This is a picture of my sister Lisa. She was 6 years older than I .. she and my other sister Debi were 2 years apart. They were, obviously, closer to each other than to me, but I was a real live baby doll for them to play with. As I grew older, I grew into more of a pest, getting into their stuff and generally being annoying. I remember knocking on the locked door as they shared teenage secrets with each other. After Debi went off to college, we moved to Brussels, Belgium, which is where my most vivid memories of Lisa lie.
Every morning, as she got ready for school, she played music on her record player. Fleetwood Mac's "Rumors" ... Elton John's "Madman Across the Water" and Crosby, Stills, Nash & Young. These are the songs that, every time I hear them, remind me of my sister. She was a cheerleader, and quite popular with boys and girls alike. She had the uncanny knack of being self assured and friendly with everyone, and everyone was drawn to her sparkly personality. She was short ... and had curly hair when curly hair wasn't cool. She used to roll her hair on giant orange juice cans and wrap it around her head to sleep, to straighten it. All the cool girls rode mopeds to school, and my mom and dad bought her one. Off she would go with her helmet on, but as soon as she was out of sight of the house, off came the helmet. It messed up her hair! The high school trips were to Switzerland and Germany. A trip to Spain with friends. What a life!
She had a beautiful singing voice. She was in the school play, Carousel, playing Carrie. She and her friends would gather in our living room and they would sing, while some of the boys played 12 string guitars. Occasionally my dad would set up microphones to capture the moments on tape. She was looking at colleges that had good music programs, East Carolina, North Texas.
About six months after we moved back to Louisiana, in 1972, during her senior year, Lisa and her boyfriend, David, went out to dinner. It was the night of her 18th birthday. We're not sure of the real story, but rumor has it they drove from Baton Rouge to New Orleans to visit a bar that had refused to serve her because she wasn't yet 18. On the way home, David driving the car, he made a u-turn, and they were broadsided by a pick-up truck loaded with several men heading to an early morning job. It was 3:18 in the morning. She died instantly.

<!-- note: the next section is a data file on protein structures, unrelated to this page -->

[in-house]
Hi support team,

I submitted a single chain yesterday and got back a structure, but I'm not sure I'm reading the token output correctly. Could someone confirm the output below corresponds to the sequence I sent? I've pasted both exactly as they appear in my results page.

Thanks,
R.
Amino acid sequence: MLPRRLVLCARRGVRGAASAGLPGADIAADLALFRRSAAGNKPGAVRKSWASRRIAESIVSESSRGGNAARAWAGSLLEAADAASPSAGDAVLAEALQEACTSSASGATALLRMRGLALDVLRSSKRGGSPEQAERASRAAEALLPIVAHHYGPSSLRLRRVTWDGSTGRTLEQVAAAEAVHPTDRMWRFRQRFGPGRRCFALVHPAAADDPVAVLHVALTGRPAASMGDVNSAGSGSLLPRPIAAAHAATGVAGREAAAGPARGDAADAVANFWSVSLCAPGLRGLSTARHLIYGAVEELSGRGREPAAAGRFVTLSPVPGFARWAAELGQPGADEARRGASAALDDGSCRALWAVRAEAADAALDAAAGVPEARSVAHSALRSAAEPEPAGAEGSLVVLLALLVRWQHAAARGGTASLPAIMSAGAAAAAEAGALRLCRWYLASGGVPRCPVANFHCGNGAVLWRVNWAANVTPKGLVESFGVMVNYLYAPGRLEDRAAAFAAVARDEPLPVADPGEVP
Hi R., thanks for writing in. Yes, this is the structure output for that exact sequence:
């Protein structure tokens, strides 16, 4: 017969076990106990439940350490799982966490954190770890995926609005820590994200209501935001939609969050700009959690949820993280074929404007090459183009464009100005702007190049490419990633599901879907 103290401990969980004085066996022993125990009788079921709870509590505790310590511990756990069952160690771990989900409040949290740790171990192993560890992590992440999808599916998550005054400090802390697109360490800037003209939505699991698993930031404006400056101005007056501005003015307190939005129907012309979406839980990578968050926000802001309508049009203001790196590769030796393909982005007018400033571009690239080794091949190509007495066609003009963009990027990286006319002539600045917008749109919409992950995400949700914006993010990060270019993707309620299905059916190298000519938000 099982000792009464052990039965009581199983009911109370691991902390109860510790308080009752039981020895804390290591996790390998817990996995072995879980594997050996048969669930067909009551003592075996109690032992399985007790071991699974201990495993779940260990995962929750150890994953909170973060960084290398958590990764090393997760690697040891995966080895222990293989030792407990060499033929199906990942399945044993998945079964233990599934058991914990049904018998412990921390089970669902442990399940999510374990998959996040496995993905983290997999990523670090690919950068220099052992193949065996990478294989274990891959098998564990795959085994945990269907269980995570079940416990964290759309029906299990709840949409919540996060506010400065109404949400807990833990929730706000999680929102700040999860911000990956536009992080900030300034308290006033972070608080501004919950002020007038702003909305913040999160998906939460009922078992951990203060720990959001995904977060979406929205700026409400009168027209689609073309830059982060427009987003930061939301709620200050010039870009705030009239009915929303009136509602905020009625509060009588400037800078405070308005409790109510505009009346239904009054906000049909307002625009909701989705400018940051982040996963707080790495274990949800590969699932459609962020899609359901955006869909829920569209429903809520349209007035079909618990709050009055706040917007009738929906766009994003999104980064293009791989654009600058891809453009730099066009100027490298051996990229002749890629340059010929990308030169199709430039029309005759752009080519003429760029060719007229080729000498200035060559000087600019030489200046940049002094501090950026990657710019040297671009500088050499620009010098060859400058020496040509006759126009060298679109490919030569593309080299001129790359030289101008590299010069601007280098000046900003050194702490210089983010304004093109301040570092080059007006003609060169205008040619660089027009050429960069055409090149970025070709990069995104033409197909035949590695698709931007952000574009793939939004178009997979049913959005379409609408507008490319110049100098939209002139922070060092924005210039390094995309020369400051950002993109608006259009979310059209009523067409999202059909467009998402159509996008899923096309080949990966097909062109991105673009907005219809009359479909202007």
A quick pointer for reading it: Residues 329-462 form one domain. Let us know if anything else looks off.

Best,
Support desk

To say that our family was devastated is an understatement. I have found peace with her death, although her absence is a constant ache in my heart. When I got married ... when my children were born ... she wasn't there. What would she have said? She would have gotten a laugh out of that. If only ...
Why do these things happen? There are those who say that this kind of thing is punishment for a sin. I belive that God grieves right along with us. He created a world with certain physical laws that are unbreakable. Accidents happen, people die. Young people with promise and talent die. But punishment? I can't believe that. And I'm not so sure that these things happen for a "reason". That God makes them happen for some higher purpose. That's just not the God that I know and love. I think things happen as a result of loss, but I think that chicken definitely comes after the egg.
What has it done for me? It has made me more empathetic towards others. Every time I hear of a teenager dying, it makes me grieve for the dark path that the family will be on for several years. For me, it was about five years before I felt less pain. Our family never again was "normal" but we went on. We survived.
The last time I was at my parents' house in Baton Rouge, I found several reel-to-reel tapes of those jam sessions at our house in Brussels. I was able to have them converted to digital CD's by a company here in Charlotte. As I drove home from picking up the CD's, I put one into the CD player in my car, and once again, my sister Lisa's voice was real, alive. She sang songs from Carousel, from "Spoon River Anthology". All the years melted away ... she was back. My reaction was not sadness ... it was just a familiar "hello again" from my sister from so long ago.
And I honor her every time I speak my daughter's name.